There is no shortage of stories about great front-end careers. Many of these blog posts tell the truth – careers in web development can be very lucrative. It is also true that as long as someone has desire, she can learn necessary skills and be successful.

In short, front-end developer careers are open to anyone as long as they learn the necessary skills. University degrees, your background and nepotism are secondary to skills. These are all great things about working in this field.

In this blog post, we’ll talk about often overlooked difficulties of working in this field.

Bad management

Most web developers are either freelancers or full-time employees. Whatever you choose to do, you will quickly encounter web developer’s worst nightmare – bad management.

Building web applications requires collaboration and teamwork. The process can only go smoothly if there’s a coordinator (usually product owner) to facilitate collaboration between marketers, designers, front end developers, back end developers, data scientists, and so on.

Bad management can lead to serious issues in web development process. For example, in order to build a functional web application, you need to know structure of data you receive from the API. If data structure turns out to be different from initial plans, you’ll have to do a lot of additional work.

Similarly, changing requirements too frequently can lead to serious problems. In the process of building web applications, team needs to make a lot of big and small decisions. Those decisions influence the final appearance and functionality of the app.

List of requirements influences every decision, big or small. When requirements change, all the decisions must be realigned with new requirements. This is a lot of work. Sometimes web developers have to start over from scratch, or compromise and risk ending up with a subpar product.


Large companies hire web developers to build specific components of the UI. Web applications are customized to match their branding and specific business needs.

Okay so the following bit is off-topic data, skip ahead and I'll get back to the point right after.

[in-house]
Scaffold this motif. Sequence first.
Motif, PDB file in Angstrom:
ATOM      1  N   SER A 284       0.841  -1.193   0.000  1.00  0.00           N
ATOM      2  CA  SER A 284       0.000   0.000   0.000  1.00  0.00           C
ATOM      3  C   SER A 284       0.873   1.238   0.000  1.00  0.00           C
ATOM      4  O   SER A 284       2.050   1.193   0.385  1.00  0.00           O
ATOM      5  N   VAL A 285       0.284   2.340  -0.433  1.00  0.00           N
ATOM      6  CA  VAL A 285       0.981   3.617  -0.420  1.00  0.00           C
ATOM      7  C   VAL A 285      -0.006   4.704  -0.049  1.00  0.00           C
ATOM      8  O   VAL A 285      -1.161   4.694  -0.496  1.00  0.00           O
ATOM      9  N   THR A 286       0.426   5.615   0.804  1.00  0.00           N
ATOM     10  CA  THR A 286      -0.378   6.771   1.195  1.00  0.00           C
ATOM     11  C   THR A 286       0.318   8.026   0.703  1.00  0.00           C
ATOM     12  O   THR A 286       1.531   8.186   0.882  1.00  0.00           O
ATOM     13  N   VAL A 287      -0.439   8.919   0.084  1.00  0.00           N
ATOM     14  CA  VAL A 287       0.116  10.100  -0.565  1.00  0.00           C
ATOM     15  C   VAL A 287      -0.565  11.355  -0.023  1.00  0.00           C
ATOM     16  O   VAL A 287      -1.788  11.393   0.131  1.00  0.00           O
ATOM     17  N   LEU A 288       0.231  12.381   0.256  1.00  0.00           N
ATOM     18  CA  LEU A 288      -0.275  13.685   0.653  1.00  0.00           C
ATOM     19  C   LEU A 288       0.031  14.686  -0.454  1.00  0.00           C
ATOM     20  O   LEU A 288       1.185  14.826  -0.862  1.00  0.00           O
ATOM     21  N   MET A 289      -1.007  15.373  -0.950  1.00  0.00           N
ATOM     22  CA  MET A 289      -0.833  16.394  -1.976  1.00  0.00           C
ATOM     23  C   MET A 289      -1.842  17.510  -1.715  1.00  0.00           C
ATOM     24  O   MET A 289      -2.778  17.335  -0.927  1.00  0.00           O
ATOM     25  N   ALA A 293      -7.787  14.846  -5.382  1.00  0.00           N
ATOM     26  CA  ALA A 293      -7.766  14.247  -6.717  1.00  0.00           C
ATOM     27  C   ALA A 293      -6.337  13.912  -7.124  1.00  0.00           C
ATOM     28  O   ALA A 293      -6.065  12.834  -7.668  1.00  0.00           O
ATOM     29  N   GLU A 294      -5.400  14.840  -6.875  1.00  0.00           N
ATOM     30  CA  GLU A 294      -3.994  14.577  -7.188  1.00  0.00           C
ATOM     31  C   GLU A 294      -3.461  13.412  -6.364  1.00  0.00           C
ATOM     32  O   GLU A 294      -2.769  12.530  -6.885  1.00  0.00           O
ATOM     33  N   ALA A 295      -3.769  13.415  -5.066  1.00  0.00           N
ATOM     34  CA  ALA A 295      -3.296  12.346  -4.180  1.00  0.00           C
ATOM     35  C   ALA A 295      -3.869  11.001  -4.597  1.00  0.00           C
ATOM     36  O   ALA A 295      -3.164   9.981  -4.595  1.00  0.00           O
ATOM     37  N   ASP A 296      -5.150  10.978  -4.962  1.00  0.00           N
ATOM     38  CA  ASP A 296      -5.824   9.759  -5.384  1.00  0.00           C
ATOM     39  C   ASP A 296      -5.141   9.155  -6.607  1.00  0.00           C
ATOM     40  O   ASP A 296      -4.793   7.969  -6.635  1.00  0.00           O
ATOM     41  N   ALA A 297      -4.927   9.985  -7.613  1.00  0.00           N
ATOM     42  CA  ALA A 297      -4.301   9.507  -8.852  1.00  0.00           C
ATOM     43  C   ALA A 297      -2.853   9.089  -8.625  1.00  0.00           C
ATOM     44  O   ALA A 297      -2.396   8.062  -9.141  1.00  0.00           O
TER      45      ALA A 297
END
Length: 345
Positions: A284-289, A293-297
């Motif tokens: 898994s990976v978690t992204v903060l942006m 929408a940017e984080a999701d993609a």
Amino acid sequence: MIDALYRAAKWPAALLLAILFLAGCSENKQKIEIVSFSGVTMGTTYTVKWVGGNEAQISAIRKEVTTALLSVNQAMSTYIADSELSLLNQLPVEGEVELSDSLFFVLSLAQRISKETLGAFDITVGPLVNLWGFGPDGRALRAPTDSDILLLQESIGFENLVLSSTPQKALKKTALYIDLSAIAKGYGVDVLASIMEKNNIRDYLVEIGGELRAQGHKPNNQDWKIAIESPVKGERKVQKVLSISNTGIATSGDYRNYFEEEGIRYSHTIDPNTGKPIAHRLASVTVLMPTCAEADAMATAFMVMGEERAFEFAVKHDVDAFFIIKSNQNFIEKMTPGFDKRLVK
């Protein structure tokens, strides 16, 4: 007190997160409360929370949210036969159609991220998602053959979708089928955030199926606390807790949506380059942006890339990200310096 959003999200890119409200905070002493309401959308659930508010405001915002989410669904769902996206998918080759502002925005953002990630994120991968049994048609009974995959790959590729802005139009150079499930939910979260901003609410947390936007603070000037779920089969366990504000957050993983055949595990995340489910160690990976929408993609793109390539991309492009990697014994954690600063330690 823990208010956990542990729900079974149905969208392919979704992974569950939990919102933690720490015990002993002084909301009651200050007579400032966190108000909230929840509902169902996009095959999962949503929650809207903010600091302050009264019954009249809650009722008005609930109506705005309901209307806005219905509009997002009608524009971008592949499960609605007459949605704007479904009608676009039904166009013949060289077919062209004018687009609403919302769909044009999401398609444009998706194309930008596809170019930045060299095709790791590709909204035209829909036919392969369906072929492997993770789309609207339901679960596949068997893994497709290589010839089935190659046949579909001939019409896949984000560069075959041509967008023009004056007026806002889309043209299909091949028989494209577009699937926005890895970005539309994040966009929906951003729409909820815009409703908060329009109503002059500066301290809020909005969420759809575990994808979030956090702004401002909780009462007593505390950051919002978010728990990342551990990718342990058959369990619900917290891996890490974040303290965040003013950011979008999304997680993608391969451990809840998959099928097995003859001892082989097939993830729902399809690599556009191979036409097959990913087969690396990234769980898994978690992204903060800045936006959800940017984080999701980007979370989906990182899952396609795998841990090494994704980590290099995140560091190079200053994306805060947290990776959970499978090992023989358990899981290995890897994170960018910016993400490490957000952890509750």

When working in a large team, often you have to build same user interfaces over and over again – forms, modals, tooltips and so on. Eventually you get used to it, and the job becomes less interesting.

Difficult to get a job

Individual educators and entrepreneurs have created countless courses and bootcamps to help people learn front-end development.

These courses exist because companies need front-end developers to create good looking web applications and user interfaces. Courses are useful and have helped individuals achieve real success.

However, a large number of courses and excessive raving about lucrative front-end careers has led to one big problem – there are too many entry-level front-end developers competing for too few junior positions.

Front-end developers’ work is very important and neets to meet a strict criteria. Doing a poor job can lead to serious problems. Usually companies don’t trust junior web developers to implement these features with the same precision as more experienced developers. That’s why there is actually shortage of middle or senior front-end developers.

For junior front-end devs, job market is different. Inexperienced developers require investment of valuable resources before they’re qualified to work on user interfaces. Not enough companies want to invest in an employee who could leave at any moment.

Following along tutorials or completing a course will not teach you enough to find a job. Working on actual projects for portfolio is a much better way to reinforce your knowledge. And the most valuable is time you spend actually working on the job.

However, to get hired you need actual experience of working on projects. Build a few samples for your portfolio to have some practical experience. Getting a job comes down to honing your skills, keeping up with latest industry trends and having a good portfolio.